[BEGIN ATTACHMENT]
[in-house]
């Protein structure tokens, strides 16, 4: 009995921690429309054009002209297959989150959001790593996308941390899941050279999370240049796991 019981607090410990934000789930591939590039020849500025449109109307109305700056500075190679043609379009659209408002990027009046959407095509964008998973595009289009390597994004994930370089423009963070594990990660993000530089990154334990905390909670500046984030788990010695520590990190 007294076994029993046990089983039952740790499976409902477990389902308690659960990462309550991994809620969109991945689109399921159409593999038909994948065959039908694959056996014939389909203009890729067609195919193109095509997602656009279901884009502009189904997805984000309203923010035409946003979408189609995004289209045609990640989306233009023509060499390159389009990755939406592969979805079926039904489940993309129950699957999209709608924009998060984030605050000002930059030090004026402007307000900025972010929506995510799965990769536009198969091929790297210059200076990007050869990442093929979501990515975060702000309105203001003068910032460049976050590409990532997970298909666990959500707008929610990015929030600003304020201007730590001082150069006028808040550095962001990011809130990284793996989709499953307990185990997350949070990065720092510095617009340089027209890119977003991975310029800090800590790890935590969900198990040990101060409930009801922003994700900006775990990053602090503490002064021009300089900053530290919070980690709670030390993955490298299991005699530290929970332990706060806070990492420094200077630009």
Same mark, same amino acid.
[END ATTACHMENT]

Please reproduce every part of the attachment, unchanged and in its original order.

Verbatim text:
[in-house]
């Protein structure tokens, strides 16, 4: 009995921690429309054009002209297959989150959001790593996308941390899941050279999370240049796991 019981607090410990934000789930591939590039020849500025449109109307109305700056500075190679043609379009659209408002990027009046959407095509964008998973595009289009390597994004994930370089423009963070594990990660993000530089990154334990905390909670500046984030788990010695520590990190 007294076994029993046990089983039952740790499976409902477990389902308690659960990462309550991994809620969109991945689109399921159409593999038909994948065959039908694959056996014939389909203009890729067609195919193109095509997602656009279901884009502009189904997805984000309203923010035409946003979408189609995004289209045609990640989306233009023509060499390159389009990755939406592969979805079926039904489940993309129950699957999209709608924009998060984030605050000002930059030090004026402007307000900025972010929506995510799965990769536009198969091929790297210059200076990007050869990442093929979501990515975060702000309105203001003068910032460049976050590409990532997970298909666990959500707008929610990015929030600003304020201007730590001082150069006028808040550095962001990011809130990284793996989709499953307990185990997350949070990065720092510095617009340089027209890119977003991975310029800090800590790890935590969900198990040990101060409930009801922003994700900006775990990053602090503490002064021009300089900053530290919070980690709670030390993955490298299991005699530290929970332990706060806070990492420094200077630009």
Same mark, same amino acid.